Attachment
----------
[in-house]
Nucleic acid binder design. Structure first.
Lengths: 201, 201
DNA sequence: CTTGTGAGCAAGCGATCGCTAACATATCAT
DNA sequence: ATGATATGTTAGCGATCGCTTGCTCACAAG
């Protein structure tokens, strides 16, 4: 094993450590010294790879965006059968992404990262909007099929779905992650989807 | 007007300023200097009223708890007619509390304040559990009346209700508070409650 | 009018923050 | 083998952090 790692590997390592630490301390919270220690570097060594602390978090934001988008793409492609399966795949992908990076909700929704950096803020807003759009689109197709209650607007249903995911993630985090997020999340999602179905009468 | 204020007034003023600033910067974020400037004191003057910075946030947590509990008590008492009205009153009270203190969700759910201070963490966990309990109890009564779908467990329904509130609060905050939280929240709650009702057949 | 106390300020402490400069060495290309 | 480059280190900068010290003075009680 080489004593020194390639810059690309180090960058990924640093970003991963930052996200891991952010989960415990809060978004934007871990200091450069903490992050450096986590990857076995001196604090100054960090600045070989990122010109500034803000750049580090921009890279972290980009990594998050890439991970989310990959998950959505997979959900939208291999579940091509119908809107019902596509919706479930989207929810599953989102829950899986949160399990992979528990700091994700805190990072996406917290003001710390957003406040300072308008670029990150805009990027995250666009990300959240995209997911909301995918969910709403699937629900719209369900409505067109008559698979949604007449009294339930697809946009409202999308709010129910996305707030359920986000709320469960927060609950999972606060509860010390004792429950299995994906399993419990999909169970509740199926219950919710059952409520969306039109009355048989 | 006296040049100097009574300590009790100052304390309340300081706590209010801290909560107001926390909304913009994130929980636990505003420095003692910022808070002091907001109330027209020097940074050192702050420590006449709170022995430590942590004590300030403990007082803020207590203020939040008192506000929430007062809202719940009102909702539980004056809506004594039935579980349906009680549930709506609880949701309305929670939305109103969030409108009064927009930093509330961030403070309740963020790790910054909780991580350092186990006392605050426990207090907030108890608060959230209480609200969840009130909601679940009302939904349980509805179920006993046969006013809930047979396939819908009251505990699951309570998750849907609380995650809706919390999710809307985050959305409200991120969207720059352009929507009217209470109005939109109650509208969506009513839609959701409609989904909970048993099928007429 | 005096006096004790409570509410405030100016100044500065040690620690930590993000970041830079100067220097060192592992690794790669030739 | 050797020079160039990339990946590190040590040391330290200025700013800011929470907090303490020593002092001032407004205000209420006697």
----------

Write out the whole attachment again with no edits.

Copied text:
[in-house]
Nucleic acid binder design. Structure first.
Lengths: 201, 201
DNA sequence: CTTGTGAGCAAGCGATCGCTAACATATCAT
DNA sequence: ATGATATGTTAGCGATCGCTTGCTCACAAG
């Protein structure tokens, strides 16, 4: 094993450590010294790879965006059968992404990262909007099929779905992650989807 | 007007300023200097009223708890007619509390304040559990009346209700508070409650 | 009018923050 | 083998952090 790692590997390592630490301390919270220690570097060594602390978090934001988008793409492609399966795949992908990076909700929704950096803020807003759009689109197709209650607007249903995911993630985090997020999340999602179905009468 | 204020007034003023600033910067974020400037004191003057910075946030947590509990008590008492009205009153009270203190969700759910201070963490966990309990109890009564779908467990329904509130609060905050939280929240709650009702057949 | 106390300020402490400069060495290309 | 480059280190900068010290003075009680 080489004593020194390639810059690309180090960058990924640093970003991963930052996200891991952010989960415990809060978004934007871990200091450069903490992050450096986590990857076995001196604090100054960090600045070989990122010109500034803000750049580090921009890279972290980009990594998050890439991970989310990959998950959505997979959900939208291999579940091509119908809107019902596509919706479930989207929810599953989102829950899986949160399990992979528990700091994700805190990072996406917290003001710390957003406040300072308008670029990150805009990027995250666009990300959240995209997911909301995918969910709403699937629900719209369900409505067109008559698979949604007449009294339930697809946009409202999308709010129910996305707030359920986000709320469960927060609950999972606060509860010390004792429950299995994906399993419990999909169970509740199926219950919710059952409520969306039109009355048989 | 006296040049100097009574300590009790100052304390309340300081706590209010801290909560107001926390909304913009994130929980636990505003420095003692910022808070002091907001109330027209020097940074050192702050420590006449709170022995430590942590004590300030403990007082803020207590203020939040008192506000929430007062809202719940009102909702539980004056809506004594039935579980349906009680549930709506609880949701309305929670939305109103969030409108009064927009930093509330961030403070309740963020790790910054909780991580350092186990006392605050426990207090907030108890608060959230209480609200969840009130909601679940009302939904349980509805179920006993046969006013809930047979396939819908009251505990699951309570998750849907609380995650809706919390999710809307985050959305409200991120969207720059352009929507009217209470109005939109109650509208969506009513839609959701409609989904909970048993099928007429 | 005096006096004790409570509410405030100016100044500065040690620690930590993000970041830079100067220097060192592992690794790669030739 | 050797020079160039990339990946590190040590040391330290200025700013800011929470907090303490020593002092001032407004205000209420006697």